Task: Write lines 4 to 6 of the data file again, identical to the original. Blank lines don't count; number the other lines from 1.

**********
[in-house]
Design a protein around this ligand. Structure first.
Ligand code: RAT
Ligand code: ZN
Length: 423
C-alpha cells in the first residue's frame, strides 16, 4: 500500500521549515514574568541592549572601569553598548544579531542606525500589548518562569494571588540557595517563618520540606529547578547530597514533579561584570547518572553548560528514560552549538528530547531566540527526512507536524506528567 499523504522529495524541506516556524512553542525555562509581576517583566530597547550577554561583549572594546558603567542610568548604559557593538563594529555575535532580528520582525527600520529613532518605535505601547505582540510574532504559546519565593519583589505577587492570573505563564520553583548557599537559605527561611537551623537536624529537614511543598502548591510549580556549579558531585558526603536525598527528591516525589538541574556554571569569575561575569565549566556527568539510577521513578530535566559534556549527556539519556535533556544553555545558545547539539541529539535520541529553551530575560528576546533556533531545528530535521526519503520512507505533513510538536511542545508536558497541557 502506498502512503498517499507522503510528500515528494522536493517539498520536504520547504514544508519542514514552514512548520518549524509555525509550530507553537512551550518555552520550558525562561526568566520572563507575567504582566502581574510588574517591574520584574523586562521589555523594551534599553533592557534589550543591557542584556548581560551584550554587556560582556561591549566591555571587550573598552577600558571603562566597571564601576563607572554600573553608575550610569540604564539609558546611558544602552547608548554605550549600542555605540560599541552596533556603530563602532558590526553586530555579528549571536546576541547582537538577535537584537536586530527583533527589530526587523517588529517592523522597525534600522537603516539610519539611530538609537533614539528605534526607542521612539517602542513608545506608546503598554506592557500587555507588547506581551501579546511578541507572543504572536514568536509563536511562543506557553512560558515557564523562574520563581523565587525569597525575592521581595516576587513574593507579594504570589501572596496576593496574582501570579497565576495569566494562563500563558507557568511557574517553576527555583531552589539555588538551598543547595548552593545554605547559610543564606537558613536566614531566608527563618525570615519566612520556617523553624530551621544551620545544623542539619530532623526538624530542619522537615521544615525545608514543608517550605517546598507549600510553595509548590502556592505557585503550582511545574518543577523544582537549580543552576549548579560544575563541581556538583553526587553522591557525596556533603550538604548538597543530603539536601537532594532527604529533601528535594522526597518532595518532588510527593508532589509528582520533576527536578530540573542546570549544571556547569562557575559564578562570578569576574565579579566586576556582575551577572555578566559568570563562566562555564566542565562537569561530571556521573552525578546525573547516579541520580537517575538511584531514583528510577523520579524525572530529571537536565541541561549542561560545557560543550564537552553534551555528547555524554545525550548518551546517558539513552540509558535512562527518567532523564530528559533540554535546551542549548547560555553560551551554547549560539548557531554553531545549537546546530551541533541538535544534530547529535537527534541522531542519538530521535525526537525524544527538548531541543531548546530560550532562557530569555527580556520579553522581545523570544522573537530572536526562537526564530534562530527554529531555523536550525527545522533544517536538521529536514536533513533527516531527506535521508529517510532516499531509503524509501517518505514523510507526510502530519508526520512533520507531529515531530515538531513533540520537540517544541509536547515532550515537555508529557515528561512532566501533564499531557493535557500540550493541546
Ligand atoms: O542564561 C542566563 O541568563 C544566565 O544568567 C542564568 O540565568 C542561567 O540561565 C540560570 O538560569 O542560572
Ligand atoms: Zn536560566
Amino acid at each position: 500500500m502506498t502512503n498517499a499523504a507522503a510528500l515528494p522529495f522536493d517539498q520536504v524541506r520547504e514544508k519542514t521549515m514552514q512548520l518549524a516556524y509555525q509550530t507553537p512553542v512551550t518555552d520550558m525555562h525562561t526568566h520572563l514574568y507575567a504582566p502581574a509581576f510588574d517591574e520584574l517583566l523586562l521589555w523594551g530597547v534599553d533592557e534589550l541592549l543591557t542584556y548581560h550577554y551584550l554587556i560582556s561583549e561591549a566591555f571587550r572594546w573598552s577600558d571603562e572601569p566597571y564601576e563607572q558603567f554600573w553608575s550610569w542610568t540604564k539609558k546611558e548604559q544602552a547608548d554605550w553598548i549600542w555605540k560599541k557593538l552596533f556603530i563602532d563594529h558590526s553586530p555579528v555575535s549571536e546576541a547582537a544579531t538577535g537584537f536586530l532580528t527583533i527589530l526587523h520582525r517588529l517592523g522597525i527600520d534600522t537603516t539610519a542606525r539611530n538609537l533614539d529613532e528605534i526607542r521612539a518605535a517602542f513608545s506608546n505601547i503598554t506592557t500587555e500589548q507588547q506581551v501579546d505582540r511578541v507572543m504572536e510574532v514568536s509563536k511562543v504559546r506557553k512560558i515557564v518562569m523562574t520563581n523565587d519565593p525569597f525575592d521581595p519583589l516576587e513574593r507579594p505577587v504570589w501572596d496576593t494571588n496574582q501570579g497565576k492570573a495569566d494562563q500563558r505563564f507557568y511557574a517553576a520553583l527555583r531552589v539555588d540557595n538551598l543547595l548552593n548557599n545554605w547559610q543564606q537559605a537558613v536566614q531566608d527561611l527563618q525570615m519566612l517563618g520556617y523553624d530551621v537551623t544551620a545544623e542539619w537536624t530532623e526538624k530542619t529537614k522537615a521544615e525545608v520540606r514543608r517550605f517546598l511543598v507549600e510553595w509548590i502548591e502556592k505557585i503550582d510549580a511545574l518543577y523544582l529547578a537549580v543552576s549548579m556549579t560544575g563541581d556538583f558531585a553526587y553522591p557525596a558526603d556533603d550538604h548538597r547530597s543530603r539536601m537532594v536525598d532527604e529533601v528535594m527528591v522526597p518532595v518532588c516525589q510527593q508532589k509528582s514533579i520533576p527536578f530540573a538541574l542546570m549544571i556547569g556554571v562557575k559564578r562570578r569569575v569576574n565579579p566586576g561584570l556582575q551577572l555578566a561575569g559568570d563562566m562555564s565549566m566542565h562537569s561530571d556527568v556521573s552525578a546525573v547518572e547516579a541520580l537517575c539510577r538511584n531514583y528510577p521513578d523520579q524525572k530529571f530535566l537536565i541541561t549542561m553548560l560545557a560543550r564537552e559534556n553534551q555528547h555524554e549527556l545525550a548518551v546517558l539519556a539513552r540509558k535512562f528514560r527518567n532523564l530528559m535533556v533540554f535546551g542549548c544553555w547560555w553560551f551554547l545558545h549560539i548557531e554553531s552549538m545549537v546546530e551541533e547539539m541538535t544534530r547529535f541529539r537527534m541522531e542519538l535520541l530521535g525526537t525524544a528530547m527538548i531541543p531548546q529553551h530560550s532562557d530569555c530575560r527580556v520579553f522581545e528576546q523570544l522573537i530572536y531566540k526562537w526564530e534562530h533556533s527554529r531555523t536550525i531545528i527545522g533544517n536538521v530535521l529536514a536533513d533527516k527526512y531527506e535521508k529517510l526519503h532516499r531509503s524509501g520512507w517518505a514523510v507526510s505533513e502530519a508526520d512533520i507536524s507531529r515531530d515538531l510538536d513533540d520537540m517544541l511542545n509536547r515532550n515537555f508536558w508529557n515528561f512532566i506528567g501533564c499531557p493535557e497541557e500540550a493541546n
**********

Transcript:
Ligand code: ZN
Length: 423
C-alpha cells in the first residue's frame, strides 16, 4: 500500500521549515514574568541592549572601569553598548544579531542606525500589548518562569494571588540557595517563618520540606529547578547530597514533579561584570547518572553548560528514560552549538528530547531566540527526512507536524506528567 499523504522529495524541506516556524512553542525555562509581576517583566530597547550577554561583549572594546558603567542610568548604559557593538563594529555575535532580528520582525527600520529613532518605535505601547505582540510574532504559546519565593519583589505577587492570573505563564520553583548557599537559605527561611537551623537536624529537614511543598502548591510549580556549579558531585558526603536525598527528591516525589538541574556554571569569575561575569565549566556527568539510577521513578530535566559534556549527556539519556535533556544553555545558545547539539541529539535520541529553551530575560528576546533556533531545528530535521526519503520512507505533513510538536511542545508536558497541557 502506498502512503498517499507522503510528500515528494522536493517539498520536504520547504514544508519542514514552514512548520518549524509555525509550530507553537512551550518555552520550558525562561526568566520572563507575567504582566502581574510588574517591574520584574523586562521589555523594551534599553533592557534589550543591557542584556548581560551584550554587556560582556561591549566591555571587550573598552577600558571603562566597571564601576563607572554600573553608575550610569540604564539609558546611558544602552547608548554605550549600542555605540560599541552596533556603530563602532558590526553586530555579528549571536546576541547582537538577535537584537536586530527583533527589530526587523517588529517592523522597525534600522537603516539610519539611530538609537533614539528605534526607542521612539517602542513608545506608546503598554506592557500587555507588547506581551501579546511578541507572543504572536514568536509563536511562543506557553512560558515557564523562574520563581523565587525569597525575592521581595516576587513574593507579594504570589501572596496576593496574582501570579497565576495569566494562563500563558507557568511557574517553576527555583531552589539555588538551598543547595548552593545554605547559610543564606537558613536566614531566608527563618525570615519566612520556617523553624530551621544551620545544623542539619530532623526538624530542619522537615521544615525545608514543608517550605517546598507549600510553595509548590502556592505557585503550582511545574518543577523544582537549580543552576549548579560544575563541581556538583553526587553522591557525596556533603550538604548538597543530603539536601537532594532527604529533601528535594522526597518532595518532588510527593508532589509528582520533576527536578530540573542546570549544571556547569562557575559564578562570578569576574565579579566586576556582575551577572555578566559568570563562566562555564566542565562537569561530571556521573552525578546525573547516579541520580537517575538511584531514583528510577523520579524525572530529571537536565541541561549542561560545557560543550564537552553534551555528547555524554545525550548518551546517558539513552540509558535512562527518567532523564530528559533540554535546551542549548547560555553560551551554547549560539548557531554553531545549537546546530551541533541538535544534530547529535537527534541522531542519538530521535525526537525524544527538548531541543531548546530560550532562557530569555527580556520579553522581545523570544522573537530572536526562537526564530534562530527554529531555523536550525527545522533544517536538521529536514536533513533527516531527506535521508529517510532516499531509503524509501517518505514523510507526510502530519508526520512533520507531529515531530515538531513533540520537540517544541509536547515532550515537555508529557515528561512532566501533564499531557493535557500540550493541546